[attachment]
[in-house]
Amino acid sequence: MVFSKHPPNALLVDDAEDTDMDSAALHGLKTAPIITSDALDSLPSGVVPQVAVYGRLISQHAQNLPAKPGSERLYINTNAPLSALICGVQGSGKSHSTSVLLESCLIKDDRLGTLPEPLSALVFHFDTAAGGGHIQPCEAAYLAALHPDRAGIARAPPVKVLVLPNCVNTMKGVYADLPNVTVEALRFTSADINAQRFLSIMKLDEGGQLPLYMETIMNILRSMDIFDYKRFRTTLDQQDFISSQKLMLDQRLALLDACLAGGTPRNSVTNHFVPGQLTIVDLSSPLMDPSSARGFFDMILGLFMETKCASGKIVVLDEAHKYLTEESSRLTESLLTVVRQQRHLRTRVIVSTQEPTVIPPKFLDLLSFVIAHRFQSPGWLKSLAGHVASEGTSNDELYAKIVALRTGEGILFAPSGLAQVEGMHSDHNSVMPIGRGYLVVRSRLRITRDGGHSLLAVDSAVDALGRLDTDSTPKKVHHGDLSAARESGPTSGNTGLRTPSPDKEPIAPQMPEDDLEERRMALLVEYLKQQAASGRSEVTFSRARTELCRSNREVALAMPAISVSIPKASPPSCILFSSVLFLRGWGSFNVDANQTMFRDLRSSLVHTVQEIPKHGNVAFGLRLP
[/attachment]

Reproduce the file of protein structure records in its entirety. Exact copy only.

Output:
[in-house]
Amino acid sequence: MVFSKHPPNALLVDDAEDTDMDSAALHGLKTAPIITSDALDSLPSGVVPQVAVYGRLISQHAQNLPAKPGSERLYINTNAPLSALICGVQGSGKSHSTSVLLESCLIKDDRLGTLPEPLSALVFHFDTAAGGGHIQPCEAAYLAALHPDRAGIARAPPVKVLVLPNCVNTMKGVYADLPNVTVEALRFTSADINAQRFLSIMKLDEGGQLPLYMETIMNILRSMDIFDYKRFRTTLDQQDFISSQKLMLDQRLALLDACLAGGTPRNSVTNHFVPGQLTIVDLSSPLMDPSSARGFFDMILGLFMETKCASGKIVVLDEAHKYLTEESSRLTESLLTVVRQQRHLRTRVIVSTQEPTVIPPKFLDLLSFVIAHRFQSPGWLKSLAGHVASEGTSNDELYAKIVALRTGEGILFAPSGLAQVEGMHSDHNSVMPIGRGYLVVRSRLRITRDGGHSLLAVDSAVDALGRLDTDSTPKKVHHGDLSAARESGPTSGNTGLRTPSPDKEPIAPQMPEDDLEERRMALLVEYLKQQAASGRSEVTFSRARTELCRSNREVALAMPAISVSIPKASPPSCILFSSVLFLRGWGSFNVDANQTMFRDLRSSLVHTVQEIPKHGNVAFGLRLP